When you think of your skin tone, what comes to mind?  When I think of mine, I see rich chocolate skin that shimmers when the sun hits it.  Skin that has its own natural highlight and with the sun serving as bronzer.  Today, I am proud of my complexion.  Unfortunately that feeling hasn’t always been familiar to me.  I grew up being one of the darker people in my family.  I was constantly told, “You’re pretty for a brown skin girl.”  It left me wondering what was wrong with all of the other girls if I was the exception.  Still, I went through my teenage years realizing that my slightly darker skin set me aside from my fair-skin counterparts.  When I realized who Marsha B. was, I realized that my color is one of a queen.  Not because of the degree of melanin, but because the melanin tells a story of strength, no matter the shade.  Our complexion tells a historic tale of trials, tribulations and triumphs.  Brown skin wasn’t always the popular choice until one day, women of color everywhere woke up and decided, “My brown skin is poppin!”

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Victory Jones and Tori Elizabeth

Tori Elizabeth and Victory Jones joined forces to birth The Colored Girl Campaign.  The primary focus behind TCG is to highlight the beauty and features of the brown color wheel.  Mainstream media may frown on our complexion and features, but this campaign works to empower and unite women of color based on their unique physical attributes. Each model was handpicked by Tori and Victory with the intention of accentuating the features that media finds abnormal or weird yet are emulated and celebrated on other women.  Tori explained, There are moments where I feel everyone loves us and wants to be us and have our features. But then there are the moments when I feel it’s not okay for us to have it but it’s okay for the masses to have it.  So as a brown girl I feel sometimes it’s not okay to be who you are.  Whether it’s in media or social media.  I’m from the south, where being a brown girl isn’t something that people necessarily worship or praise.  I want the next generation (and our generation) to look at this campaign and feel like it’s okay to be a brown girl, outside of media.  In real life.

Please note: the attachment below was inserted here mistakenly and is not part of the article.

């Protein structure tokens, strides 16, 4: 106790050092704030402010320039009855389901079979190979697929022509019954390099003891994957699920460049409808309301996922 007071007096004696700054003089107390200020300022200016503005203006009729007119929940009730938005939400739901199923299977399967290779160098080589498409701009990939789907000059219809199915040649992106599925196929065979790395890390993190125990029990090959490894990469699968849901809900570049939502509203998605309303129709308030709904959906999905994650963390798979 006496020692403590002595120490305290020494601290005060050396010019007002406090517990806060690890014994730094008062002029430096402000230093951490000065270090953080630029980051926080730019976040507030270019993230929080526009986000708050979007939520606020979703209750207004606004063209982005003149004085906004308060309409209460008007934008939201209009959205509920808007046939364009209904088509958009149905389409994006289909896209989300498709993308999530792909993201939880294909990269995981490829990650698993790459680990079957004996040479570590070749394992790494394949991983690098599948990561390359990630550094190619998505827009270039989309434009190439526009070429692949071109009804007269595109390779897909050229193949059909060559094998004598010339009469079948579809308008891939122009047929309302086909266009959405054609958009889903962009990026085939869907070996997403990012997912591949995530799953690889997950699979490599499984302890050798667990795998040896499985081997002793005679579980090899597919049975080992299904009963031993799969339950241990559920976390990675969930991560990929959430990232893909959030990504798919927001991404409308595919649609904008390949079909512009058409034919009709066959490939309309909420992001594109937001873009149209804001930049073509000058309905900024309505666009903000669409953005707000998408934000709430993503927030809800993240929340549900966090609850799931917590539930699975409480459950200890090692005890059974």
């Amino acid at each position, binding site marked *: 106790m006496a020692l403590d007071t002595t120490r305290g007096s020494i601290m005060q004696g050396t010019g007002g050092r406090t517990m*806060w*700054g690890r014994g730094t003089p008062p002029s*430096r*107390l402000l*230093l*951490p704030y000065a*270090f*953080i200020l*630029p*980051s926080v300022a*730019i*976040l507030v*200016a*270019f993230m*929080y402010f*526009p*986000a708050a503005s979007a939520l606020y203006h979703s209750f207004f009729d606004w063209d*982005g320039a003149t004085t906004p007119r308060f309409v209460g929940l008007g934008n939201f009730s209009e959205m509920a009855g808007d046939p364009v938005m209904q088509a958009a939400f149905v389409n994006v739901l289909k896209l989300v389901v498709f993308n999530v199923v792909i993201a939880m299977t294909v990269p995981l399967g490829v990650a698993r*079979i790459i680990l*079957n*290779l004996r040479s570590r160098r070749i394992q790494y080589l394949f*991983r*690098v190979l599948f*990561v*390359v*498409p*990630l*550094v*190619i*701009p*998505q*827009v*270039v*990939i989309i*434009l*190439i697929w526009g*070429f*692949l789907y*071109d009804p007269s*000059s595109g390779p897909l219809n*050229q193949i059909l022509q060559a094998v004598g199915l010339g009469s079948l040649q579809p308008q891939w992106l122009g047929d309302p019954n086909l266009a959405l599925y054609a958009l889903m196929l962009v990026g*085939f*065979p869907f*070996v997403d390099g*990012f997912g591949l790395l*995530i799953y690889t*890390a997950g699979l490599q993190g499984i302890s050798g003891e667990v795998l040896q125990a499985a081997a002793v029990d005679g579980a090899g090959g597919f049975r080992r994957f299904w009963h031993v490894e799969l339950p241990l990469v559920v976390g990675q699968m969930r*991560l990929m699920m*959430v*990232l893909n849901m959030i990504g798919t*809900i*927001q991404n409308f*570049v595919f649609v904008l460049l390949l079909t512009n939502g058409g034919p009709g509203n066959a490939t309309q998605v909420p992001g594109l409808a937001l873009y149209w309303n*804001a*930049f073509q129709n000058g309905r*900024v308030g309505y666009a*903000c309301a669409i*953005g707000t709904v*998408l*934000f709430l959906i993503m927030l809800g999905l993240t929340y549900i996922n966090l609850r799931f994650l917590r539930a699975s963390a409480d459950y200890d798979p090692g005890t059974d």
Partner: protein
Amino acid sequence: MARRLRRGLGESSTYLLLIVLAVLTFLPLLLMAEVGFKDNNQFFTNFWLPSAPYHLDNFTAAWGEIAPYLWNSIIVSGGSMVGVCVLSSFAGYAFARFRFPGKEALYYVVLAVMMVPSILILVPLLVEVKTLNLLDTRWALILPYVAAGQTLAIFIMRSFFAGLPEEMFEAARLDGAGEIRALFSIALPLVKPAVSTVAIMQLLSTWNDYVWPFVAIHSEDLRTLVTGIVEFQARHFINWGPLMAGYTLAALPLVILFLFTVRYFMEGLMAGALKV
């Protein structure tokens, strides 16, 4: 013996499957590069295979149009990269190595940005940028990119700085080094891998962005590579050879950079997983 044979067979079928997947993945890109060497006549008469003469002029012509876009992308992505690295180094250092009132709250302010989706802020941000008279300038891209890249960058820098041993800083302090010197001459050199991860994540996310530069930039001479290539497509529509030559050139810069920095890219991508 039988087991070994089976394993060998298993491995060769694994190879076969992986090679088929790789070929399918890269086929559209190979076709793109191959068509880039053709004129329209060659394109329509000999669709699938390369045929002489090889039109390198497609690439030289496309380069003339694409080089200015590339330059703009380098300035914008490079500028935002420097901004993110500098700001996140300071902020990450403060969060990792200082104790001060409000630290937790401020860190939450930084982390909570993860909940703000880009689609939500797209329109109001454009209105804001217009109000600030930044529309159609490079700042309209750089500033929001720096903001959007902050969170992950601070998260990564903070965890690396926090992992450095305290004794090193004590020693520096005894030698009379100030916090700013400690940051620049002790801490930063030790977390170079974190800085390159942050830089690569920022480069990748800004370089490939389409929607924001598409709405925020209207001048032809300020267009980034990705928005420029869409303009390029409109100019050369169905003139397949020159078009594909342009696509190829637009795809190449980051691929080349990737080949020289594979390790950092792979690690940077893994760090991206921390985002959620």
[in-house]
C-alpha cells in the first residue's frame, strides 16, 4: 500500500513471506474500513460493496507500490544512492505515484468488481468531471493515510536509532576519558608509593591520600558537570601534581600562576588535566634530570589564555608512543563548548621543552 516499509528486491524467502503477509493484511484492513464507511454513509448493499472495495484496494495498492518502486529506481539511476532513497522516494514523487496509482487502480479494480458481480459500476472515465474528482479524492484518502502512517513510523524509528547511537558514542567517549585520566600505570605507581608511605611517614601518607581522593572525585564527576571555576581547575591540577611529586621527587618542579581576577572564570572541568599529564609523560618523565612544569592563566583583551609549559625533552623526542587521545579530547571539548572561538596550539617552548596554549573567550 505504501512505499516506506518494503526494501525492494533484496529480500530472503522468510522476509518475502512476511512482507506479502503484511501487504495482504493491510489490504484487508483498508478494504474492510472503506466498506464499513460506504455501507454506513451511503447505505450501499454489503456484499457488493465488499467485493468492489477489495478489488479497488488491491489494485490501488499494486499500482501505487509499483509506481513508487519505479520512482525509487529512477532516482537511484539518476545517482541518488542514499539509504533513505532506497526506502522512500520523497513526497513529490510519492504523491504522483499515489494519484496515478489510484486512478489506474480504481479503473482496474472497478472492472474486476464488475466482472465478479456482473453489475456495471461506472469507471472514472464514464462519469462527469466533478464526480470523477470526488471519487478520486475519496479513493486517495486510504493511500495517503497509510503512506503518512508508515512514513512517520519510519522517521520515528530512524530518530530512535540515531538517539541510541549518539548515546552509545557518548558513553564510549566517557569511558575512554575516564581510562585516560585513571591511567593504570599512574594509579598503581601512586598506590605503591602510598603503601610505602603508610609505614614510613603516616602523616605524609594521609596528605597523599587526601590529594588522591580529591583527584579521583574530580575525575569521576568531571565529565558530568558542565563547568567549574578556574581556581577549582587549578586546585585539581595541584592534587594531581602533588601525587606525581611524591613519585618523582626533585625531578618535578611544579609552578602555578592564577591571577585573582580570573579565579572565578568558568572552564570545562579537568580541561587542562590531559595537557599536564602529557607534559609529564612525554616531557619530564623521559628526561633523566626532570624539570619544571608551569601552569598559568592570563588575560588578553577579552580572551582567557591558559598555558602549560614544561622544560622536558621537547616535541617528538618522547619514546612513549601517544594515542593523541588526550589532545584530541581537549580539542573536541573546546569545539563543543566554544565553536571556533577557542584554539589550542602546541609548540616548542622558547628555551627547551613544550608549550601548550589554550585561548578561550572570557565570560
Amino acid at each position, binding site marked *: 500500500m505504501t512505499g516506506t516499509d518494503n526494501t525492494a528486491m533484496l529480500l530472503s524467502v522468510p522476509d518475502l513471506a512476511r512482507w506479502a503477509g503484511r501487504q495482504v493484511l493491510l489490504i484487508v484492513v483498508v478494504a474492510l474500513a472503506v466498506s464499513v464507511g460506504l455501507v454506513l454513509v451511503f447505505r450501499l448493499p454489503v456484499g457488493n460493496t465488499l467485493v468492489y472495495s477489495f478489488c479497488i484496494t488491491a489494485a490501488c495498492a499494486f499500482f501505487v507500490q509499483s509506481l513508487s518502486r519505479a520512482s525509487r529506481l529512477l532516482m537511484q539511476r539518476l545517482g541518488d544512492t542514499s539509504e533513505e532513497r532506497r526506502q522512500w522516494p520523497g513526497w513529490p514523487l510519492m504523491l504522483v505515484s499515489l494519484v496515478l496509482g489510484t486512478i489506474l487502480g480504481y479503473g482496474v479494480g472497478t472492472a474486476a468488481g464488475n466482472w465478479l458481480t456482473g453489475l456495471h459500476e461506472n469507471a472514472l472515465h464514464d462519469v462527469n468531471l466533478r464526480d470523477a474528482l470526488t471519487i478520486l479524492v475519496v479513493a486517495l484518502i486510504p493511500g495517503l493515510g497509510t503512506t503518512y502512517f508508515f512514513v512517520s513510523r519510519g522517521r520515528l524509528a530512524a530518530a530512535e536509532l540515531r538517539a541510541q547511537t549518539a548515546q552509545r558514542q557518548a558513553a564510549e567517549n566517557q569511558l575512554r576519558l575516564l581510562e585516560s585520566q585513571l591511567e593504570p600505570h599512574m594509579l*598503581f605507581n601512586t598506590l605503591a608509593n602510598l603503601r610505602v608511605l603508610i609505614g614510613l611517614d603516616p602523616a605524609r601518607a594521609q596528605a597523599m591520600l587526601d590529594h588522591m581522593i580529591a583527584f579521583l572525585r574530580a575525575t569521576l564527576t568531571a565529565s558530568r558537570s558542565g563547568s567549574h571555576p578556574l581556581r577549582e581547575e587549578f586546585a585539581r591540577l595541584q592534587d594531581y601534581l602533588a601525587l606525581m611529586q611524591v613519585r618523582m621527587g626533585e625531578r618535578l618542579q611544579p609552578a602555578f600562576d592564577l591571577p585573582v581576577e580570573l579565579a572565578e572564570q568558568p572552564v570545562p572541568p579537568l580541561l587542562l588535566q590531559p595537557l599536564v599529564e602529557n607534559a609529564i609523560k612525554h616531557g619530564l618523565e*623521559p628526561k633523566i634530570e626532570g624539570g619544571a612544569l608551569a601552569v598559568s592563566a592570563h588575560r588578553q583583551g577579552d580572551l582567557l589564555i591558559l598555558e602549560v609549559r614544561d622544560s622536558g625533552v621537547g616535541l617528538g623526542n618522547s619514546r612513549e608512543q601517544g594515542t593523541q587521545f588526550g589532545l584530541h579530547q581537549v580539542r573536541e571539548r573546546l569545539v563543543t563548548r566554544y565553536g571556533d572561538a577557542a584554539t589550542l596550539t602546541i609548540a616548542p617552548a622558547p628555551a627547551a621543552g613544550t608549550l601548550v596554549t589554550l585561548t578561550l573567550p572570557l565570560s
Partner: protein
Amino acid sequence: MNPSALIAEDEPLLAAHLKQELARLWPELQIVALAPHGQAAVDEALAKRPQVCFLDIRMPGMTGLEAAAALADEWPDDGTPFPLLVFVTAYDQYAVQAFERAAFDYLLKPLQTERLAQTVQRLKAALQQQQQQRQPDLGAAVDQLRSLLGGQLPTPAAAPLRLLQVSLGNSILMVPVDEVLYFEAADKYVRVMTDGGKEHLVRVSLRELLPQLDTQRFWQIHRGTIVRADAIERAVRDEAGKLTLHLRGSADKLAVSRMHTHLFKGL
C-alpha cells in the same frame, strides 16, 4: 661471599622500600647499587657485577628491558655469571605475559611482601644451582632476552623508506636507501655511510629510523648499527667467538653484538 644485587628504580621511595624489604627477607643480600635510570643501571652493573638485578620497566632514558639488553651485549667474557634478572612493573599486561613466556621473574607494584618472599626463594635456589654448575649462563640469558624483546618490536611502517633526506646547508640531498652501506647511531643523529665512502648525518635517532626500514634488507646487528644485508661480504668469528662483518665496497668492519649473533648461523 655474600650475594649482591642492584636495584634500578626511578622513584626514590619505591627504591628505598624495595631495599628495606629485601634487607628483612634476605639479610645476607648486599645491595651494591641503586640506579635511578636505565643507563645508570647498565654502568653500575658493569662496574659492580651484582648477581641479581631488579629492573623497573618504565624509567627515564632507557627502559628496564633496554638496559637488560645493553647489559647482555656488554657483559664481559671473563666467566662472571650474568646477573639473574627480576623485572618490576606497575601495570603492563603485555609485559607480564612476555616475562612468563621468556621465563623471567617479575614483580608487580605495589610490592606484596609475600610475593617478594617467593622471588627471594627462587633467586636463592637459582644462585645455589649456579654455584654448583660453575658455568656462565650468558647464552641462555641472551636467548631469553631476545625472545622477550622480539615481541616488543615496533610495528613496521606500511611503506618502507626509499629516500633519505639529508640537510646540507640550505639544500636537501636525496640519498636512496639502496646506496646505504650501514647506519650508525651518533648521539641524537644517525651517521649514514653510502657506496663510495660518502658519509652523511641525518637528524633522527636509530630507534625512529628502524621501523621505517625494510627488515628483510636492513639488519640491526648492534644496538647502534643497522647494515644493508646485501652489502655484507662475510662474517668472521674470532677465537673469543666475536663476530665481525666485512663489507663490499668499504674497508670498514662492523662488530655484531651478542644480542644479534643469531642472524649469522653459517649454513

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The process for picking the models for TCG was simple. “(I looked for) Different girls of different shades.  I was looking at facial features that didn’t really match the other, but complimented one another.  I looked at hair that they had whether it was locks, braids, weaves or afros.  I looked at the skin tone.  From the lightest skin to the darkest, beautiful skin.  I didn’t want it to be commercial and conventional; I didn’t want every girl to have the same body type, I wanted to show different aspects of a woman,” she said.

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The unique undertone of TCG campaign is that everyone is dressed in neutrals, a symbolic way to express comfort, rawness and vulnerability. “I wanted to dress the girls in neutrals as far as browns, nudes, and skin tones; in doing that, I think it shows we are comfortable in our own skin,” she stated.  

Being a woman of color in today’s society can be challenging and empowering at the same time.  We’ve all seen that meme that describes it as being part of an elite, powerful gang.  The term black girl magic was created to highlight those magical ‘winning’ moments or to simply celebrate a group of fly women giving their best smize in a photo.  Let’s not limit it to just that.  Black Girl Magic happens whenever a positive group of women step in the room.  There is no denying the power we can create together.  This campaign isn’t anti-anything or anyone. The sole purpose is to unite, embrace and empower women all over the world, all shades of brown and all of their gorgeous features. Let’s continue to ignite that powerful Black Girl Magic spark! 

Check the gallery for more photos from The Color Girl Campaign.  Follow the campaign, @thecgirlinc.

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Photographer, Joey Rosado
Creative Director, Tori Elizabeth
Co-Creative Director, Victory Jones
Makeup Artist, Jane MengLucas Bowman

PR, Sherrod LewisRed Light PR

 XOXO – Marsha B.